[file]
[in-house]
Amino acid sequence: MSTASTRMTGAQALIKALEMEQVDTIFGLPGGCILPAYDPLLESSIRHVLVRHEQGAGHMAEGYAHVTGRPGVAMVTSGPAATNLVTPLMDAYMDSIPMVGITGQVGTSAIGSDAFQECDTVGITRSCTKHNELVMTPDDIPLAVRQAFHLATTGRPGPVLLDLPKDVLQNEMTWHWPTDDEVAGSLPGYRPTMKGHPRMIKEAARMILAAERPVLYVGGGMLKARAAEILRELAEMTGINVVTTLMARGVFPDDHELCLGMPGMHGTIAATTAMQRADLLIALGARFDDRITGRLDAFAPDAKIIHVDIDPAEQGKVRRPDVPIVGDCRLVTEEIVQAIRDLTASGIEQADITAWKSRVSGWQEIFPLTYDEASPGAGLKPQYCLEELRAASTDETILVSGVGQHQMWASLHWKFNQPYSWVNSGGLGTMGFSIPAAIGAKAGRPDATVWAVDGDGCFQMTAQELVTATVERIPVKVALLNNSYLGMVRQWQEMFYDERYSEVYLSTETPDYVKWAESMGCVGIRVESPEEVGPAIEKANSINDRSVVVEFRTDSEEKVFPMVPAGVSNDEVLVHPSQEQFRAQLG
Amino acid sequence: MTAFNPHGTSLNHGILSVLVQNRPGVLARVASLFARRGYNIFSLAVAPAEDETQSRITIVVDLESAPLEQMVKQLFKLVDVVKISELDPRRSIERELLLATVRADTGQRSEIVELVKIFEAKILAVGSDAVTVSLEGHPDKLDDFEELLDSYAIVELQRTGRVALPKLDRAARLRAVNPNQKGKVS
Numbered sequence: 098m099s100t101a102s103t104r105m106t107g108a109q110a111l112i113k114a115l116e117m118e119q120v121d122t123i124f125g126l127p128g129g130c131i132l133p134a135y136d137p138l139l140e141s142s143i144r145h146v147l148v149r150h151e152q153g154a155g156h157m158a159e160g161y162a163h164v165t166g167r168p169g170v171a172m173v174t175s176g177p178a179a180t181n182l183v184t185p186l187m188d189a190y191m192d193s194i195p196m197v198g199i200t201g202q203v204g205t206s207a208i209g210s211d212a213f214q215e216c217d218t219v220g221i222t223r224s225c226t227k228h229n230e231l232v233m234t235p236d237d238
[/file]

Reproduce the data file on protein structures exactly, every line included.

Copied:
[in-house]
Amino acid sequence: MSTASTRMTGAQALIKALEMEQVDTIFGLPGGCILPAYDPLLESSIRHVLVRHEQGAGHMAEGYAHVTGRPGVAMVTSGPAATNLVTPLMDAYMDSIPMVGITGQVGTSAIGSDAFQECDTVGITRSCTKHNELVMTPDDIPLAVRQAFHLATTGRPGPVLLDLPKDVLQNEMTWHWPTDDEVAGSLPGYRPTMKGHPRMIKEAARMILAAERPVLYVGGGMLKARAAEILRELAEMTGINVVTTLMARGVFPDDHELCLGMPGMHGTIAATTAMQRADLLIALGARFDDRITGRLDAFAPDAKIIHVDIDPAEQGKVRRPDVPIVGDCRLVTEEIVQAIRDLTASGIEQADITAWKSRVSGWQEIFPLTYDEASPGAGLKPQYCLEELRAASTDETILVSGVGQHQMWASLHWKFNQPYSWVNSGGLGTMGFSIPAAIGAKAGRPDATVWAVDGDGCFQMTAQELVTATVERIPVKVALLNNSYLGMVRQWQEMFYDERYSEVYLSTETPDYVKWAESMGCVGIRVESPEEVGPAIEKANSINDRSVVVEFRTDSEEKVFPMVPAGVSNDEVLVHPSQEQFRAQLG
Amino acid sequence: MTAFNPHGTSLNHGILSVLVQNRPGVLARVASLFARRGYNIFSLAVAPAEDETQSRITIVVDLESAPLEQMVKQLFKLVDVVKISELDPRRSIERELLLATVRADTGQRSEIVELVKIFEAKILAVGSDAVTVSLEGHPDKLDDFEELLDSYAIVELQRTGRVALPKLDRAARLRAVNPNQKGKVS
Numbered sequence: 098m099s100t101a102s103t104r105m106t107g108a109q110a111l112i113k114a115l116e117m118e119q120v121d122t123i124f125g126l127p128g129g130c131i132l133p134a135y136d137p138l139l140e141s142s143i144r145h146v147l148v149r150h151e152q153g154a155g156h157m158a159e160g161y162a163h164v165t166g167r168p169g170v171a172m173v174t175s176g177p178a179a180t181n182l183v184t185p186l187m188d189a190y191m192d193s194i195p196m197v198g199i200t201g202q203v204g205t206s207a208i209g210s211d212a213f214q215e216c217d218t219v220g221i222t223r224s225c226t227k228h229n230e231l232v233m234t235p236d237d238